Contents

May the force be with the units

When working with data it’s very important to be aware of the unit of each variable. To make it explicit it’s convenient to use the package called units.

Support for measurement units in R vectors, matrices and arrays: automatic propagation, conversion, derivation and simplification of units; raising errors in case of unit incompatibility.

A simple example

By reading the help of the starwars dataset, we learn that

  • height: Height (cm)
  • mass: Weight (kg)

So let’s test it.

 1
 2
 3
 4
 5
 6
 7
 8
 9
10
11
12
13
14
15
16
17
18
19
library(dplyr)
library(magrittr)
library(units)

starwars %>% 
    mutate(height = set_units(height, cm)) %>%
    mutate(mass = set_units(mass, kg)) %>% 
    select(name, height, mass, species) %>% 
    head()

# A tibble: 6 x 4
#   name           height  mass species
#   <chr>            [cm]  [kg] <chr>  
# 1 Luke Skywalker    172    77 Human  
# 2 C-3PO             167    75 Droid  
# 3 R2-D2              96    32 Droid  
# 4 Darth Vader       202   136 Human  
# 5 Leia Organa       150    49 Human  
# 6 Owen Lars         178   120 Human 

Note that units are nicely printed in the output.

Converting units

Imagine I want to draw a bar chart of the 5 first characters of the dataset. But I want the scale to be defined in meters instead of centimeters since it make it cleared to figure out the scale. However, it does not work as is. To make it work the package ggforce is needed and more specifically, the scale_unit function.

 1
 2
 3
 4
 5
 6
 7
 8
 9
10
11
12
13
14
library(ggforce)
starwars %>% 
    mutate(height = set_units(height, cm)) %>%
    mutate(mass = set_units(mass, kg)) %>% 
    select(name, height, mass, species) %>% 
    head(5) %>%
    ggplot() + 
    geom_bar(aes(x = reorder(name, -height), y = height, 
                 colour = species, 
                 fill = after_scale(alpha(colour, 0.5))), 
                 stat = "identity", size= 1.5) + # Give a good looking
    xlab("name") +
    scale_y_unit(unit = "m") + # Doing the conversion
    scale_x_discrete(guide = guide_axis(n.dodge = 2)) # To avoid overlapp in names

Size of characters

Thanks to a call to scale_y_unit(unit = "m") I’m able to display the scale in meters.

Note: x = reorder(name, -height) is a trick to sort the bars by value (height in this case).

Mixing units

If we try to check if height is correlated to weight we obtain this scatter plot.

1
2
3
4
5
6
7
starwars %>% 
    mutate(height = set_units(height, cm)) %>%
    mutate(mass = set_units(mass, kg)) %>% 
    select(name, height, mass, species) %>% 
    drop_na() %>%
    ggplot() + 
    geom_point(aes(x = mass, y = height))

Mass vs Height with outliers

There is a big outlier in this plot. Let’s check who is it?

 1
 2
 3
 4
 5
 6
 7
 8
 9
10
11
starwars %>% 
    mutate(height = set_units(height, cm)) %>%
    mutate(mass = set_units(mass, kg)) %>%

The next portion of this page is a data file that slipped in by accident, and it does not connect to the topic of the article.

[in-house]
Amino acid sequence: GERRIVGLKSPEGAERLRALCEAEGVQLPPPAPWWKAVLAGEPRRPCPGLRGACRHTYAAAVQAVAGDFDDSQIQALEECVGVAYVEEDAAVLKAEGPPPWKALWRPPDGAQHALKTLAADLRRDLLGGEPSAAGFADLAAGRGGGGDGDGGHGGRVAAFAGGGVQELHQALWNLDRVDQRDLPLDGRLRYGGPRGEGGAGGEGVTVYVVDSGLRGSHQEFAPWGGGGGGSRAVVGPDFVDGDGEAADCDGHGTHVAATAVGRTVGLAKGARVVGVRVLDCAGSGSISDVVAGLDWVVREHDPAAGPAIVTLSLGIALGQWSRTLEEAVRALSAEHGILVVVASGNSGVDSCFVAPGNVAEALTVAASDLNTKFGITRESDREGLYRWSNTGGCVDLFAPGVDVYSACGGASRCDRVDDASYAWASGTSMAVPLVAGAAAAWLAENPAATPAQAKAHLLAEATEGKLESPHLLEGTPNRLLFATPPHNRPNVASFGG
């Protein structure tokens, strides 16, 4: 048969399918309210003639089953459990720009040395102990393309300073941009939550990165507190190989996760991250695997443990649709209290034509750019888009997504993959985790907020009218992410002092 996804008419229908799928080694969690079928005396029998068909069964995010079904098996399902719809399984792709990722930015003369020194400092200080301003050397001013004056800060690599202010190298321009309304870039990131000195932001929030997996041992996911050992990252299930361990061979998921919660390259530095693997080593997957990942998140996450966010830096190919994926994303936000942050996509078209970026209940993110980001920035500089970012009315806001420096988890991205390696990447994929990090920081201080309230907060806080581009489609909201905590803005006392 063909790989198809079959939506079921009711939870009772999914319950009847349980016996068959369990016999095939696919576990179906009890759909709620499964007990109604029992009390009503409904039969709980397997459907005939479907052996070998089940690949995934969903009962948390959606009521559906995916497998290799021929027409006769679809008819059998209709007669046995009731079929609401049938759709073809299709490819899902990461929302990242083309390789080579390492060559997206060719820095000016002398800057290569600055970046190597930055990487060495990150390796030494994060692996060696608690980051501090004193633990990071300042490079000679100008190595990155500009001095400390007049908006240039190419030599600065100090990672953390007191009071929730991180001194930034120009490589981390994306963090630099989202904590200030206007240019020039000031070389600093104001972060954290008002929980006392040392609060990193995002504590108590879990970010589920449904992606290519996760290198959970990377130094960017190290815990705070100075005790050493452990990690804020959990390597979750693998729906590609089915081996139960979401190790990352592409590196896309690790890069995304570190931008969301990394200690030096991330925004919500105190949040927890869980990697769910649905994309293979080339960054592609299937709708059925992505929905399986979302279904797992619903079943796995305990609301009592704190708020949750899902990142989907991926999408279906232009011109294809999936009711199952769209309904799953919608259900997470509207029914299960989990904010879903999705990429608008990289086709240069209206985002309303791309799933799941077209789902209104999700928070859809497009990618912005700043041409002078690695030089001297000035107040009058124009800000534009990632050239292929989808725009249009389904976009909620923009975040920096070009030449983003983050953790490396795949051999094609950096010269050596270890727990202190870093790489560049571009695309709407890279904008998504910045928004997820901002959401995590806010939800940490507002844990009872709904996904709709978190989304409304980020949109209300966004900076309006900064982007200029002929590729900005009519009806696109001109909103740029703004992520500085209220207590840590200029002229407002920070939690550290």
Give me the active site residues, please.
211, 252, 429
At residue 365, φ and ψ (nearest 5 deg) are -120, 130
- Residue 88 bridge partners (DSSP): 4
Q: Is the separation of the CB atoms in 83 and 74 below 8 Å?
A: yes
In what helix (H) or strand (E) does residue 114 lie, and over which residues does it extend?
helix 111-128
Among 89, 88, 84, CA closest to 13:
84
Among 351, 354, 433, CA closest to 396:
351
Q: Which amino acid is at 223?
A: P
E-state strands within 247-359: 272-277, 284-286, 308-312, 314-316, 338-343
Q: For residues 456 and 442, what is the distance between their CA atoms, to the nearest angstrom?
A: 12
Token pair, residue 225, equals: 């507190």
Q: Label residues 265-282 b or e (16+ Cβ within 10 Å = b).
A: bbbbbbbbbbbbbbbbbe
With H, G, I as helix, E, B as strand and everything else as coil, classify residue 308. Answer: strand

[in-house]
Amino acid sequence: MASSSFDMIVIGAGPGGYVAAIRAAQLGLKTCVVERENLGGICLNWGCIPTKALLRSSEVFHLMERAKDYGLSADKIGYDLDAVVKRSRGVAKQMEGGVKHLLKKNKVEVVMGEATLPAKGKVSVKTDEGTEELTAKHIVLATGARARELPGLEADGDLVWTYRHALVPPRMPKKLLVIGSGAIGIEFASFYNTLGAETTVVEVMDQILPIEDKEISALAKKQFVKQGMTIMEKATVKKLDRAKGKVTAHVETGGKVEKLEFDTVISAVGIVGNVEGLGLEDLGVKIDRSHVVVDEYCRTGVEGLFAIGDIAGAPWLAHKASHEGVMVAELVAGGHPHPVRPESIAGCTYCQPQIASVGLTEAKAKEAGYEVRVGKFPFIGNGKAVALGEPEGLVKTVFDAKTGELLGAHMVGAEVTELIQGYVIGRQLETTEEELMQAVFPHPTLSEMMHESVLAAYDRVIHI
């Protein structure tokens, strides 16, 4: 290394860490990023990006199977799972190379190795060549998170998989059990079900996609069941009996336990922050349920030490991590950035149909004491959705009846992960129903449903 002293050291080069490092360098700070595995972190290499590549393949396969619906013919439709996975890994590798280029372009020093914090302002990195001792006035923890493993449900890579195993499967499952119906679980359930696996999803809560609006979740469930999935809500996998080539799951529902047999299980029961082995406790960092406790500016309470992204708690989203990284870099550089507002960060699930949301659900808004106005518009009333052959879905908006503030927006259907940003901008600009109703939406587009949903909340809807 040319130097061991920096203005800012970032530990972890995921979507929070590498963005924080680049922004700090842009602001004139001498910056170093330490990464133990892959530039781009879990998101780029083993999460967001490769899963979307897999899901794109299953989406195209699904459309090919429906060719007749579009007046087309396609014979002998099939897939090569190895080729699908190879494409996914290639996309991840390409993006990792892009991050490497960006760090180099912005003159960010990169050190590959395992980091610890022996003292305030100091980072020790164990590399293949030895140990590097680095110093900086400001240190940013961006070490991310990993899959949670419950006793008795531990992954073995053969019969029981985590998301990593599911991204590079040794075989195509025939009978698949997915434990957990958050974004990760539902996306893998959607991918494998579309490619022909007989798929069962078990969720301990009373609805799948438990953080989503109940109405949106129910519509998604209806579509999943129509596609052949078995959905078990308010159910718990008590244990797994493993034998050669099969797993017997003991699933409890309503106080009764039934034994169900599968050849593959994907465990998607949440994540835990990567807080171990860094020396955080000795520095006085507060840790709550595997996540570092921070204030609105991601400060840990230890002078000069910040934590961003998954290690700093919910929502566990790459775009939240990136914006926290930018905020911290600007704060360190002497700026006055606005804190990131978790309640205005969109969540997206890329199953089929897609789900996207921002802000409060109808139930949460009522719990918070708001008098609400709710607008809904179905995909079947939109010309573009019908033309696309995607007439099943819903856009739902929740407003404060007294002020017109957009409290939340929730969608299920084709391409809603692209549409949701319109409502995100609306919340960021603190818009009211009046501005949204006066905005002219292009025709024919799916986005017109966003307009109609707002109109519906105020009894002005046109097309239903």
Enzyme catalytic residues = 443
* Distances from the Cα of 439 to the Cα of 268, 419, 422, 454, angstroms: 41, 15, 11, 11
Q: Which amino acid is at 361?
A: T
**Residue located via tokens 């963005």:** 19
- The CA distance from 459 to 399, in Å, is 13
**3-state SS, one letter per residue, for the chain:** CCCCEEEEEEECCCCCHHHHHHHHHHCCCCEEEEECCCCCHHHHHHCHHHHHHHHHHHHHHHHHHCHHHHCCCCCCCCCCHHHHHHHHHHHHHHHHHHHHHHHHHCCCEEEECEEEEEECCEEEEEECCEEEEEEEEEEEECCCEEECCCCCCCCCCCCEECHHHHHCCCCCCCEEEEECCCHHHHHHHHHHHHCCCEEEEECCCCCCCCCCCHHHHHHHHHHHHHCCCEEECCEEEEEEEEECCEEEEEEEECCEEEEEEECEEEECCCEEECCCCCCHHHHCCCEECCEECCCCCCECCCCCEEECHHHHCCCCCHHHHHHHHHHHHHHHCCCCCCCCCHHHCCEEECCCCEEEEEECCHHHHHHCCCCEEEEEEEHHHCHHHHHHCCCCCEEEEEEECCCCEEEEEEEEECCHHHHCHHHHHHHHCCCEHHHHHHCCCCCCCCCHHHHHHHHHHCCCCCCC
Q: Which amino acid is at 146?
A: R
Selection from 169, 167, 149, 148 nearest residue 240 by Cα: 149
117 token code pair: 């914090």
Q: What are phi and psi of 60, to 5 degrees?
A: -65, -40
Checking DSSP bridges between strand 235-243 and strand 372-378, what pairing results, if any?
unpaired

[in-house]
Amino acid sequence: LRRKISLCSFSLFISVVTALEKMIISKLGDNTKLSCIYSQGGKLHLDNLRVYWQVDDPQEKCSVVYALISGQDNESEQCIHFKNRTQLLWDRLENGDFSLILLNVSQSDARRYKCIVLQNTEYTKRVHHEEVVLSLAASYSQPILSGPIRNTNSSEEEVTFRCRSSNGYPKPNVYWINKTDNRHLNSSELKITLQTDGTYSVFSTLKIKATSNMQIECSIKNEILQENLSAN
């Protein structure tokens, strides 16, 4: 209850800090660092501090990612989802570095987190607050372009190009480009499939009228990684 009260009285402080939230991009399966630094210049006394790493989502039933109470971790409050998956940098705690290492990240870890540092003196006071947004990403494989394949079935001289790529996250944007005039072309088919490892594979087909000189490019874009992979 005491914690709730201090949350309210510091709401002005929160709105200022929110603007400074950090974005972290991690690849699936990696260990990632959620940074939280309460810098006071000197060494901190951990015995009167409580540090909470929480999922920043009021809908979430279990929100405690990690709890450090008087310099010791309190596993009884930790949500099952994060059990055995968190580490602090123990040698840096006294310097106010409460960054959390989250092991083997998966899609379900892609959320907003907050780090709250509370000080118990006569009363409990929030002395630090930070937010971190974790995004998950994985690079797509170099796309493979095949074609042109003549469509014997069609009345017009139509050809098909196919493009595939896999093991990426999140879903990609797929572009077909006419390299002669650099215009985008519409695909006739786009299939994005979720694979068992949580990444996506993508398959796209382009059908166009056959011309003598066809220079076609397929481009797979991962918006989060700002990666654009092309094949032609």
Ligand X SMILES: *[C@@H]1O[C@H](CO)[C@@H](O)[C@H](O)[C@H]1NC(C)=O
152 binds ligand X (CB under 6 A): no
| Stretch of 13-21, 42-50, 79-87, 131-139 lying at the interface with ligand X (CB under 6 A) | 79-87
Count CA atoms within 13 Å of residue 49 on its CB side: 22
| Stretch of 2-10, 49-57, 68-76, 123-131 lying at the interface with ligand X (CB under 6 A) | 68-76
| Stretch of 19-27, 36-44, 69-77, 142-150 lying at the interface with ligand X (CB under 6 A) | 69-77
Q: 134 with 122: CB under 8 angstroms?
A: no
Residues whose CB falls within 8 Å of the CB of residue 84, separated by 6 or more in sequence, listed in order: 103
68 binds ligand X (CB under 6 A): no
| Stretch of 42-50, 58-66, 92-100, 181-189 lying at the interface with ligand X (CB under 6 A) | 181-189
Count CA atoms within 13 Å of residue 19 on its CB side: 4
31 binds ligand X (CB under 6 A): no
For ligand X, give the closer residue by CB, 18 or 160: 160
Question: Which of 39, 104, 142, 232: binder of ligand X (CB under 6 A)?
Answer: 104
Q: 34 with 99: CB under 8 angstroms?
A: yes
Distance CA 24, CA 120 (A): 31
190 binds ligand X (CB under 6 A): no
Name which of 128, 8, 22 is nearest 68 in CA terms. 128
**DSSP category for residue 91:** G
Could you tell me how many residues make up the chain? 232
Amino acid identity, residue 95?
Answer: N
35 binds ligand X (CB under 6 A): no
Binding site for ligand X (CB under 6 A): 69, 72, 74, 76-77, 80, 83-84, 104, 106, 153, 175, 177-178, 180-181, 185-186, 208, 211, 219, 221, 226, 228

select(name, height, mass, species) %>% 
    drop_na() %>%
    filter(mass == max(mass))

# A tibble: 1 x 4
# name                  height  mass species
# <chr>                   [cm]  [kg] <chr>  
# 1 Jabba Desilijic Tiure    175  1358 Hutt  

It’s Jabba the Hutt. For him it would be also useful to use tons instead of kg! If we remove him we obtain something more conventional.

1
2
3
4
5
6
7
8
starwars %>% 
    mutate(height = set_units(height, cm)) %>%
    mutate(mass = set_units(mass, kg)) %>% 
    select(name, height, mass, species) %>% 
    drop_na() %>%
    filter(mass != max(mass)) %>% # Here is the removal
    ggplot() + 
    geom_point(aes(x = mass, y = height))

Mass vs Height without outliers

His Body Mass Index (BMI)1 should be very bad let’s check it. Thanks to the units package it’s pretty straightforward and explicit.

 1
 2
 3
 4
 5
 6
 7
 8
 9
10
11
12
13
14
15
16
17
18
starwars %>% 
    mutate(height = set_units(height, cm)) %>%
    mutate(mass = set_units(mass, kg)) %>%
    # Converting in meters and raising to power of 2
    mutate(bmi = mass / set_units(height, m) ^ 2) %>%
    select(name, height, mass, bmi, species) %>%
    arrange(desc(bmi)) %>%
    head()

# A tibble: 6 x 5
#   name                  height  mass       bmi species       
#   <chr>                   [cm]  [kg]  [kg/m^2] <chr>         
# 1 Jabba Desilijic Tiure    175  1358 443.42857 Hutt          
# 2 Dud Bolt                  94    45  50.92802 Vulptereen    
# 3 Yoda                      66    17  39.02663 Yoda's species
# 4 Owen Lars                178   120  37.87401 Human         
# 5 IG-88                    200   140  35.00000 Droid         
# 6 R2-D2                     96    32  34.72222 Droid    

Note that the BMI bmi unit is correct: kg/m^2.

References


  1. The BMI is defined as the body mass divided by the square of the body height, and is universally expressed in units of kg/m2, resulting from mass in kilograms and height in meters Wikipedia. ↩︎